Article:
But this time, it wasn’t to look at places Jeff might be going; instead, I travelled to Sonoma State University to give the first talk in the Philosophy Club’s “Digital Being” series (which, by no coincidence at all, was also a scheduled session of Philosophy 310: Digital Being).
I arranged for Professor Sullins to give the class an assignment: write my introduction, based on what they could find out about me on the Web, and they did a fine job. Fortunately, no one surprised me by what they’d found, but it was still somewhat odd to have a total stranger tell me what kind of car I own.
I did the talk without slides, which had its good side and its bad side. The good side, of course, is that I could talk freely and didn’t have to worry about making sure what I said didn’t just duplicate what was on the screen. The bad side is that I don’t remember exactly what I talked about, because I don’t have the slides to refer to as a guide.
But I do remember talking about the days when the Internet was “exclusive”, when what you wrote on Usenet stayed in a fairly small circle, when there was an “@” party at the Worldcon (for the few people with electronic mail addresses). And about the ways in which today’s Internet enables collaboration (Twitter and wikis and blogs, oh my!). The talk itself was collaborative – there were lots of questions (some of which lent themselves to straightforward answers, but most of which didn’t). We even talked about document formats, network neutrality, and confirmation bias (for more on that last, see Mistakes Were Made (but not by me), which I hope to review here soon).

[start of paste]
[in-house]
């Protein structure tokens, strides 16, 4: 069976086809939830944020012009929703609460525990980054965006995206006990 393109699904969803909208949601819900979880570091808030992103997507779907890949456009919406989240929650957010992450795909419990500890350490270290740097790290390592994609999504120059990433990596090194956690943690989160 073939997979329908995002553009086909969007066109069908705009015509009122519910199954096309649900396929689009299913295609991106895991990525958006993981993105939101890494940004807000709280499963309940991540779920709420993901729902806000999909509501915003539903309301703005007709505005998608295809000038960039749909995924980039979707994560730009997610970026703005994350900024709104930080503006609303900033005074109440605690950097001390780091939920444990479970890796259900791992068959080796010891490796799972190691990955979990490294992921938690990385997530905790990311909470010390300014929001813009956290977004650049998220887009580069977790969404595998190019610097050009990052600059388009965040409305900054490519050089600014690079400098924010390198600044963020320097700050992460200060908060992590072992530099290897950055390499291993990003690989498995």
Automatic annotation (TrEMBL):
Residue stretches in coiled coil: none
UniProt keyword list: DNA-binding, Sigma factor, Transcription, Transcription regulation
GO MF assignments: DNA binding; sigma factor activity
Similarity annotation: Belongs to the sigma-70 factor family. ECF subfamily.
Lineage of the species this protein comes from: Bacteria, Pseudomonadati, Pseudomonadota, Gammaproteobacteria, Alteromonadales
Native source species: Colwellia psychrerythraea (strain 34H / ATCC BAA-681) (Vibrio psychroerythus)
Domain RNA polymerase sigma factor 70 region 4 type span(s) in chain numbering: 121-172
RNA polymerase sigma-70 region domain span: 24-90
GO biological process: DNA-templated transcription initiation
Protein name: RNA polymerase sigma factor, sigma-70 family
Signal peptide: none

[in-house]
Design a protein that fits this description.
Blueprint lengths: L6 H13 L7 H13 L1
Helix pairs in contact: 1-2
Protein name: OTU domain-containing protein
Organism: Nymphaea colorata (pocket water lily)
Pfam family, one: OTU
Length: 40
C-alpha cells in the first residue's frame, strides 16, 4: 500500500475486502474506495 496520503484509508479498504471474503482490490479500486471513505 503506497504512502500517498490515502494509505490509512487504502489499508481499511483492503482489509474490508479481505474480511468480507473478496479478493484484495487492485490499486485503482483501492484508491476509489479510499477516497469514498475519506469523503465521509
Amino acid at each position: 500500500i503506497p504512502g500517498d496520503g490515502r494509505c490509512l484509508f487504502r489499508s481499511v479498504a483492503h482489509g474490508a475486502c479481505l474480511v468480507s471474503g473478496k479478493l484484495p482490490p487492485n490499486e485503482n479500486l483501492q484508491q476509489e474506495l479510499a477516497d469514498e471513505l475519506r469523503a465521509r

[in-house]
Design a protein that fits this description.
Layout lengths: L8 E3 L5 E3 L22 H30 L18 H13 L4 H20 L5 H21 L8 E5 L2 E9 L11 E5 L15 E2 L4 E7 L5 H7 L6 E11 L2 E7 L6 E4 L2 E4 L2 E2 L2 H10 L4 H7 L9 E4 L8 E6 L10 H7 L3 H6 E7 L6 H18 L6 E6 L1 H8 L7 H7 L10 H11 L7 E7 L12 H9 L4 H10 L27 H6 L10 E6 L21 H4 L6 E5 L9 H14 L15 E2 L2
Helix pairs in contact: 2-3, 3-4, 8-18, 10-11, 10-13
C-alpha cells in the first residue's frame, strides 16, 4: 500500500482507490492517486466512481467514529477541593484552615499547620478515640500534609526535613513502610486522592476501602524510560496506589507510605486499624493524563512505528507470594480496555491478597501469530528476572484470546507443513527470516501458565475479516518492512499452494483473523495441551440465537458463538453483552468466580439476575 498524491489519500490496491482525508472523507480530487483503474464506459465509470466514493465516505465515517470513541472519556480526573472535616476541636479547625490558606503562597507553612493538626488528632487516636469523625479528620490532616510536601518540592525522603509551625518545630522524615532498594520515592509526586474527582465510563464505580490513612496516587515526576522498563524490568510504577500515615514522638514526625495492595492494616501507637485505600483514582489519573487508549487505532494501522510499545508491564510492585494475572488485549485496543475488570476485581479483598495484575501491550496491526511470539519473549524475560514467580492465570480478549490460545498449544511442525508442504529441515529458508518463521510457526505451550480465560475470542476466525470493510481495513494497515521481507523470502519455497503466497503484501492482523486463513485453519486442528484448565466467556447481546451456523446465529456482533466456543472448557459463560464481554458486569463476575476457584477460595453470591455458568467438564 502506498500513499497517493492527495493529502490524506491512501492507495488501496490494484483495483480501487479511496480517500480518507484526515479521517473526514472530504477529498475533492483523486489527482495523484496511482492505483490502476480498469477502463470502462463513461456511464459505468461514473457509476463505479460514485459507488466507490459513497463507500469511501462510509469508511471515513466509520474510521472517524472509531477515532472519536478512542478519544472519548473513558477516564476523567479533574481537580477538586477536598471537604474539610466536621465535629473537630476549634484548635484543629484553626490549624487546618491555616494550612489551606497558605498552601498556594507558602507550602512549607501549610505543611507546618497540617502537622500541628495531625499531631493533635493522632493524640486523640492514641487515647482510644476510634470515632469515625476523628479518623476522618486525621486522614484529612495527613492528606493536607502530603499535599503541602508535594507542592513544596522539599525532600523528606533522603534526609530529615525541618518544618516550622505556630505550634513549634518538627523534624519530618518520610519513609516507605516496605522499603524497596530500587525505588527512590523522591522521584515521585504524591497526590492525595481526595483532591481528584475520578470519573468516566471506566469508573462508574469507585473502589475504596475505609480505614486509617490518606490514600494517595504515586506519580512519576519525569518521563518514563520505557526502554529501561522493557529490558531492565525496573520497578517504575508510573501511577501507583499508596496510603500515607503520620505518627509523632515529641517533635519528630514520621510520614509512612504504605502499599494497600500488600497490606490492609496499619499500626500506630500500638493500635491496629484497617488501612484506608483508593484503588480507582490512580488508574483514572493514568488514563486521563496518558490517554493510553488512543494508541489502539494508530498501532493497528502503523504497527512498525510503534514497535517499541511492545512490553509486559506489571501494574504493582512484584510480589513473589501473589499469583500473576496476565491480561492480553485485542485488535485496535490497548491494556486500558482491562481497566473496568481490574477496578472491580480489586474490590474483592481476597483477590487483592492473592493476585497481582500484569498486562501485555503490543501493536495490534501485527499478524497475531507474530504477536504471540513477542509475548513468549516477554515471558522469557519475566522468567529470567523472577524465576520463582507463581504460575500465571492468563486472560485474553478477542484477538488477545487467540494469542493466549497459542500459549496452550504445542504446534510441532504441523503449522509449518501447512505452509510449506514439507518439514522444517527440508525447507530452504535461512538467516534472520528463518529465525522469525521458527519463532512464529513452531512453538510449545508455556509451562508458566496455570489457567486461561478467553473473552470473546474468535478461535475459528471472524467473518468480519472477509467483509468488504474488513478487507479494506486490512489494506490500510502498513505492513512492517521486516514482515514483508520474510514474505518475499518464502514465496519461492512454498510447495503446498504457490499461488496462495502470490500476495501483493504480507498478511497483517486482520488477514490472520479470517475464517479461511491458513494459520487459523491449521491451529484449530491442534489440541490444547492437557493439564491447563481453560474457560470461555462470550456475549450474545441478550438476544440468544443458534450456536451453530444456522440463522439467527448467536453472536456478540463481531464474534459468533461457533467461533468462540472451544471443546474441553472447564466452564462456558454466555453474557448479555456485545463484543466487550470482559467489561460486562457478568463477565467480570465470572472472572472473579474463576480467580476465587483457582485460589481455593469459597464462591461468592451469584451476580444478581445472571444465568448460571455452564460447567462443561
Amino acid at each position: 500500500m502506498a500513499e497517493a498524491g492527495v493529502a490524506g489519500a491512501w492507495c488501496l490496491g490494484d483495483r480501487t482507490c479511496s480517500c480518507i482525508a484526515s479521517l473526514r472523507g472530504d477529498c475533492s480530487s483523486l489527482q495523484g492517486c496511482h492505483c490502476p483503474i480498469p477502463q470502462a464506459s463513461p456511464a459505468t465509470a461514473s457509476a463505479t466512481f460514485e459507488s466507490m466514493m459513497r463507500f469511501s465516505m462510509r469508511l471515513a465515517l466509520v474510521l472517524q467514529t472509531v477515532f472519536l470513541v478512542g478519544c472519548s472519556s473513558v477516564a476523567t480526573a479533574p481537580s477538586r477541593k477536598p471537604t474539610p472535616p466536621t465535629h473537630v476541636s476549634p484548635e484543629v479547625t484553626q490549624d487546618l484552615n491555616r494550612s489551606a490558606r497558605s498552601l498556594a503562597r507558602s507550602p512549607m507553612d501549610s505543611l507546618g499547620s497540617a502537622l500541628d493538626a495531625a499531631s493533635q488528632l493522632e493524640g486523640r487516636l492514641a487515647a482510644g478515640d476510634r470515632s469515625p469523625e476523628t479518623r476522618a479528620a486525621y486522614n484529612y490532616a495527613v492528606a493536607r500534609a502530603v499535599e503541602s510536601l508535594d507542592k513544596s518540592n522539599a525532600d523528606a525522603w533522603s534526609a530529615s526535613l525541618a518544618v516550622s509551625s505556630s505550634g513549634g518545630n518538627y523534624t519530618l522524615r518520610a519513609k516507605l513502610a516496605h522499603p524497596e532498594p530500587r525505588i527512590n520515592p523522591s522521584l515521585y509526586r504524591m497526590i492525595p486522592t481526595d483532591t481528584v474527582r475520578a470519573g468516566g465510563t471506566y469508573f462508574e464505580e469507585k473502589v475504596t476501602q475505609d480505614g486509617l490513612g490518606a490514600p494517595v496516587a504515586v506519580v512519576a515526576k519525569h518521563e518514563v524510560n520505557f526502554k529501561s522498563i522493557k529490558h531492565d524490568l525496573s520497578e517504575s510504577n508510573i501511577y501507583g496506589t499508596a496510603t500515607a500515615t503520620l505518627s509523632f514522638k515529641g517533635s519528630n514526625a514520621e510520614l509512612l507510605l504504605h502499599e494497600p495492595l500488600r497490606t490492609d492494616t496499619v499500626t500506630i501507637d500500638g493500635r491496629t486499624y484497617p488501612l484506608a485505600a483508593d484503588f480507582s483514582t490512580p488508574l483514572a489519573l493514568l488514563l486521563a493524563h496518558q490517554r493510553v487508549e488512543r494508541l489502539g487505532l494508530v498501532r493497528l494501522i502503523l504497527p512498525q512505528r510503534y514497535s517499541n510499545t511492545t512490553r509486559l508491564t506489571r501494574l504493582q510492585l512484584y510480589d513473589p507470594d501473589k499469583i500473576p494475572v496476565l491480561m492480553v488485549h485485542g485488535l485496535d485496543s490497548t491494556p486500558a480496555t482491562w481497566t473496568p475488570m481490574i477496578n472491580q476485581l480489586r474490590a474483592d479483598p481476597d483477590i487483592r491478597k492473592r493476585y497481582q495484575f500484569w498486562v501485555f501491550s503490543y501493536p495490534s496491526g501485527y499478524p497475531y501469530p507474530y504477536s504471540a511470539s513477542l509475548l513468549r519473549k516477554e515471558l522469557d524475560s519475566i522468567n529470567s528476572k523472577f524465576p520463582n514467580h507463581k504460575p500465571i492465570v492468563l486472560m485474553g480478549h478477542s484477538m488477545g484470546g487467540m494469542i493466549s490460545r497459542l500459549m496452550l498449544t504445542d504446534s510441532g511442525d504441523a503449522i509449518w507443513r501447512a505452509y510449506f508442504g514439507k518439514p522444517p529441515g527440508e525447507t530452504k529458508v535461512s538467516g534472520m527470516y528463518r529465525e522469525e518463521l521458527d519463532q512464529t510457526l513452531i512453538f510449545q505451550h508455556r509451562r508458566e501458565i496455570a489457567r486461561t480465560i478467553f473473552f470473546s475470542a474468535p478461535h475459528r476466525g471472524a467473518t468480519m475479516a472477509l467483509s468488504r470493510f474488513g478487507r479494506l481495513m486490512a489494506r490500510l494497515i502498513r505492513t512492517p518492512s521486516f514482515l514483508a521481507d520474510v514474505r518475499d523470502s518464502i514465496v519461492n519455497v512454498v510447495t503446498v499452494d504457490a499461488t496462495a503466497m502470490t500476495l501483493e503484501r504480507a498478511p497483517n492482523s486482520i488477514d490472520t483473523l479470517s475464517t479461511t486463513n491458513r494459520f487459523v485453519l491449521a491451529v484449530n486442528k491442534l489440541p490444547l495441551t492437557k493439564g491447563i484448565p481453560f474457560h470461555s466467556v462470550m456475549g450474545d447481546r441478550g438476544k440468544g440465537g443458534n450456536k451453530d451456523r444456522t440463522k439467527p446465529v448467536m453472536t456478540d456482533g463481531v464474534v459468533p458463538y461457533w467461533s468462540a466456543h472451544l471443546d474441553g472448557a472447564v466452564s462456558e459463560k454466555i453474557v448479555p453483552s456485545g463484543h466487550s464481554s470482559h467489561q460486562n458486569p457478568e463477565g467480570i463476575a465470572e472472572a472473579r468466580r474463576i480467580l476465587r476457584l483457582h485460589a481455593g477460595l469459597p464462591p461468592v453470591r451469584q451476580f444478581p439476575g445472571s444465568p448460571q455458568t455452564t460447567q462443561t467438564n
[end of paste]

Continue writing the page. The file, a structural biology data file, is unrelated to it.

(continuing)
We were supposed to finish at 6, but went to 6:15 — either the session was worthwhile or no one wanted to be obvious about being the first to leave. I can hope it was the former. And, while I can’t speak for the audience, I enjoyed the experience of giving a guest lecture (I even wore a “professorial” jacket, though I had to abandon it because the room was warm) and would enjoy an opportunity to do it again.
Thanks, John, for inviting me!
2 thoughts on “Another college trip”
Thanks David for the very enlightening talk! I wish we could have talked a little bit more about the relationship between online identity and one’s lived personal identity–how it is easier to change, alter, spin one’s online identity and what effects that has on a person’s bodily life. But we’ll get to that next time!
haha I remember usenet (sadly enough) Thank goodness Twitter was part of the evolution of social media.
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